Van Munster produces the show as well as the long-running CBS reality format with his wife Elise Doganieri. The pair tell Deadline how they traversed the globe and also about plans to move into new areas of development.
Race to the Center of the Earth pits four teams of three against one another in a sprint across the globe for a $1M prize. Each group will start from a different corner of the Earth – South America, Russia, Canada and Southeast Asia – racing to win the bounty. They face untamed jungles, frozen arctic, arid deserts, bustling cities, treacherous mountains and vast oceans to reach the location where all four routes intersect and the first team to arrive at the buoy claims it all.
The idea for the seven-part series was brought to Nat Geo by British independent producer Plum Pictures, which makes shows such as Netflix’s Girls Incarcerated and Amazon’s James May: Oh Cook!. Nat Geo then got in touch with Van Munster and Doganieri, who know a thing or two about traveling the globe.
“It’s probably the biggest challenge we have undertaken, it was not an easy code to crack,” Doganieri told Deadline.
Van Munster said that their production team did the race, which features close to 100 locations, three times to make sure it was safe before setting the teams off and shooting them simultaneously.
“When we do reality, we are not rehearsing or telling people what to say. If the cast makes a mistake, it’s on them. We’re just here to film them, they have to make their way around the world,” he said.
“This is a race for $1M so there are a lot of gameshow rules that go into filming a show like this so if we miss the shot, if the cameraman slips, it doesn’t get retaken because we can’t hold them up for anything,” added Doganieri.
The cast is made up of teams named Team North America – featuring work colleagues Dave Bacon, Paul Montague Jr. and Mindy Murphy, Team Russia – featuring police officers Jeremy Conkling, Angelina Fraize and Christopher Nelson, Team South America – featuring rock climbing friends Autumn Fryer, Jon Irwin and Sierra Knott and Team Southeast Asia – featuring teachers James Batey, Marilina Kim and Jay Wyatt.
“It’s so important to cast a show like this properly, that’s the key to the success of the show, aside from the outstanding locations and global adventure,” said Doganieri. “They had to have a sense of adventure, and they’re all very driven. I like to call them weekend warriors, they’re not professional athletes. As a viewer, you can see yourself doing the things they’re doing.”
The show marked Nat Geo’s first move into the competition space. “It was a huge jump for National Geographic and they did it in the biggest way possible,” she said. “Nat Geo represents global exploration and adventure and this takes it to the next level. I commend them on doing the show and I hope they continue to want to do another one.”
Doganieri admitted that Covid needs to “slow down or come to a halt” before they would be able to entertain a second season. The pair are all too aware of the challenges of filming in the pandemic.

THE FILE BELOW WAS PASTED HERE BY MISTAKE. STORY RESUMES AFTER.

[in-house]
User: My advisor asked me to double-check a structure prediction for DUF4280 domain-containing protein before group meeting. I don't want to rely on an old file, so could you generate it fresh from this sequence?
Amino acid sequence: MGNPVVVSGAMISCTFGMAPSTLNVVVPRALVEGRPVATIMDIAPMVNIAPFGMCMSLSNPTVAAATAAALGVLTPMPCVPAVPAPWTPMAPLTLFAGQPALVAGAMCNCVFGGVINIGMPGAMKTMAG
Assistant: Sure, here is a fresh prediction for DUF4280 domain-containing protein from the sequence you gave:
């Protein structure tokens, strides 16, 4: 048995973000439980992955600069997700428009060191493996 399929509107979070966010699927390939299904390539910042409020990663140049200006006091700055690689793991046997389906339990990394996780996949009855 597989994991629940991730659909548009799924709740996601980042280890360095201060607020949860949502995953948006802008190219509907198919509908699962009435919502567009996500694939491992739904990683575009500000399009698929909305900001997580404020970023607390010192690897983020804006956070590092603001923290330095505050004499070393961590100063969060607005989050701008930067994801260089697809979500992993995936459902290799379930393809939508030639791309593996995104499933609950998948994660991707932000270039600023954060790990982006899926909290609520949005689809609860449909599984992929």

Their signature show – The Amazing Race – was shut down during Season 33. Van Munster is confident that he’s figured out how to get the show back up and running and Doganieri said they’re aware of the demand from fans to get back out there. “We’ve been talking to CBS and they want to get back,” she said. “We just need to get that mass vaccinations happening. Safety is key, you don’t want to do a show and have people get sick. That’s our priority.”
They were able to shoot another show – a reboot of The Quest for Disney+ – during the pandemic.
The Quest, which ran for one season on ABC in 2014, now features teen contestants and will feature more interactive elements. The series is set in the fantasy world of Everealm. The contestants will encounter mystical beings and magical encounters and will be embedded in an immersive world complete with technology, creature design, practical effects and scripted characters who interact with them as they take on a number of fantasy-themed challenges.
New Media Collective, the production company run by Van Munster and Doganieri (left) along with Mark Dziak, is producing with Court Five’s Mark Ordesky (The Lord of the Rings) and Jane Fleming, David Collins, Michael Williams and Rob Eric from Queer Eye producer Scout Productions.
They shot it in a castle outside of Vienna, Austria and Doganieri said that they were able to get through the shoot, which consisted of 300 people, without any Covid cases. “That is another groundbreaking show… which combines scripted with reality and is a totally new genre.”
They are also making The Greatest Space, a design competition format that features interior designers traveling the world to transform empty rooms into spectacular spaces, for HBO Max. Van Munster said that he loves the move to streaming, allowing viewers all over the world to see his shows at the same time.
The pair have a whole slew of projects in development including a fashion show and a car show. They are also going back to their gameshow roots – they produced Take the Money and Run, a reality gameshow that ran on ABC in 2011/12.
“We also have several gameshow formats that we’re in the middle of developing,” revealed Doganieri. “We also have some other documentary projects, some incredible talent that we’re working with and developing style-shows. I guess with Covid, we’ve been thinking about what can we produce that’s more local, what can we do in our own backyard. We’re very fortunate that we’ve had a long run and there really isn’t anything that we don’t want to do. It’s fun for us to do different things, it pushes us out of our comfort zone and challenges us.”
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